Friday, October 17, 2008


Nation could face short Election Night

Network news executives said they are preparing for an unusual Election Night challenge: How to be honest with the audience, and still keep them tuned in, if the race between John McCain and Barack Obama is effectively decided before most Americans have finished dinner.

After two elections in which the suspense went far into the evening (and, in the case of 2000, for 36 days afterward), the executives said they are contemplating how to manage their newscasts in the event of an Obama blowout — in which the Democrat’s victory would be obvious while polls are still open in most of the country.
Effectively decided?

They mean, as the article makes clear, that if they can "call" Virginia for Obama the moment the polls close at 7 pm, the race is "effectively" over.

If it is clear on Nov. 4 that Obama has won in Virginia by the time polls there close at 7 p.m. — it will still be daylight west of the Mississippi — the obvious conclusion will be that Obama is headed to the White House.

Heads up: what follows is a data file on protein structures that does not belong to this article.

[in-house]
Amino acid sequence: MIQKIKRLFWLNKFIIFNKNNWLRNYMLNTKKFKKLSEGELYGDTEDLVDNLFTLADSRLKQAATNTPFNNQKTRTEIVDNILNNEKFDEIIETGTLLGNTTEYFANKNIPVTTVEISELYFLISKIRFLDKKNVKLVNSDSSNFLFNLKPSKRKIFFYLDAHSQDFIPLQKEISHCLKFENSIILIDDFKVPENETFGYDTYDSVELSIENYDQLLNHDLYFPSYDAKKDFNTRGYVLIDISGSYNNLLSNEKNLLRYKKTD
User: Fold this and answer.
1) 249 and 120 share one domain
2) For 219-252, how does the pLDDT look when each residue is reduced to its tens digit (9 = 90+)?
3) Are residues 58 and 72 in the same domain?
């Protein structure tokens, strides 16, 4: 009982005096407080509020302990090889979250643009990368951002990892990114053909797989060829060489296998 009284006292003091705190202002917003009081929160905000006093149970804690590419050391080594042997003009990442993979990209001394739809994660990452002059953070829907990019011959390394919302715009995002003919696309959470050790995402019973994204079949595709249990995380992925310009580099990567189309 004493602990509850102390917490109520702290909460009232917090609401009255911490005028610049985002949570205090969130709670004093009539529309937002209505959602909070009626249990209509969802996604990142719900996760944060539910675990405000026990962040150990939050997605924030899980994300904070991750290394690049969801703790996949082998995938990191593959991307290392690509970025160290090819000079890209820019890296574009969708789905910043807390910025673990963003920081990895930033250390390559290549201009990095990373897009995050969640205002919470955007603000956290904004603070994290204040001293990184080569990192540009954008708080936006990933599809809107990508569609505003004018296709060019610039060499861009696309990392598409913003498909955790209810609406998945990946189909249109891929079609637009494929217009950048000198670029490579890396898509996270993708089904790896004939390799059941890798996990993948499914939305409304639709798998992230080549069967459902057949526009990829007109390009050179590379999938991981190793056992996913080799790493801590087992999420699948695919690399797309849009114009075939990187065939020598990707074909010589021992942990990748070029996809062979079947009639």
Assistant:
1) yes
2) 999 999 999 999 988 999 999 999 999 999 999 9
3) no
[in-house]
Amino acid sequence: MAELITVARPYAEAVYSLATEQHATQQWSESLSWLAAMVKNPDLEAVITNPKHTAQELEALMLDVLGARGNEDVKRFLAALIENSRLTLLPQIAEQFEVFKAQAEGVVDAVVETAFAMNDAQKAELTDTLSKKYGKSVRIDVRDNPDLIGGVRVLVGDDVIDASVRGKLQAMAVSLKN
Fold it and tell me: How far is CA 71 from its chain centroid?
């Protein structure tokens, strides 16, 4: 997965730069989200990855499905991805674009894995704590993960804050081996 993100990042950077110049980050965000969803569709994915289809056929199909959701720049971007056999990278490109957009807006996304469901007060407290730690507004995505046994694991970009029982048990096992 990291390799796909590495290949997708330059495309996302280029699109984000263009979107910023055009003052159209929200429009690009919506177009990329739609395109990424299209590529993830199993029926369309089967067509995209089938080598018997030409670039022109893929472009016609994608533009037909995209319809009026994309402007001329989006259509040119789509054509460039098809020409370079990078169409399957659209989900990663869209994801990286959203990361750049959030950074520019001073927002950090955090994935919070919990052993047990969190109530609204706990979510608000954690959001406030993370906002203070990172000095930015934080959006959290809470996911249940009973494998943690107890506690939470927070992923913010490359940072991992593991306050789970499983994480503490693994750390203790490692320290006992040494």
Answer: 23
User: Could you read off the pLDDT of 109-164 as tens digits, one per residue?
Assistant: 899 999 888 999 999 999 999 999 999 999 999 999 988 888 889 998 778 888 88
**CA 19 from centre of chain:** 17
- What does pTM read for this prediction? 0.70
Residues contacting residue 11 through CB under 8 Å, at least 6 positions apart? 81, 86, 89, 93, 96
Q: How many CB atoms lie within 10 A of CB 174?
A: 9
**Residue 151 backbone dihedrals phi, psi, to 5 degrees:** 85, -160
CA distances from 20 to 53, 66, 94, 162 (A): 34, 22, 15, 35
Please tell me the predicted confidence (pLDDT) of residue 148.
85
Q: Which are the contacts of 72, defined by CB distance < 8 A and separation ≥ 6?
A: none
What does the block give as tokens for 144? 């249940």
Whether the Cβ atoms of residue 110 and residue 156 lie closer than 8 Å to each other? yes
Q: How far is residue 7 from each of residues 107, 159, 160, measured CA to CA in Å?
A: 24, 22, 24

Of course, calling a state the moment polls close relies on unreliable exit polling data.

Or so we're told.

In "effect", it relies on simply the media's "declaration" of an Obama victory the moment polls close, which the 2004 election showed us can be in error.

What they will in "effect" be doing is attempting to influence voting in western states where polls are still open, to discourage turnout by McCain supporters by declaring an early 7 pm victory for Senator Government, whether it's true or not.

That's the cynical way of looking at it. At the very least, this eagerness to view the outcome as simply a question of the size of Obama's victory is a sign of uncontrolled hubris.

One wonders why they're even waiting until Nov. 4.


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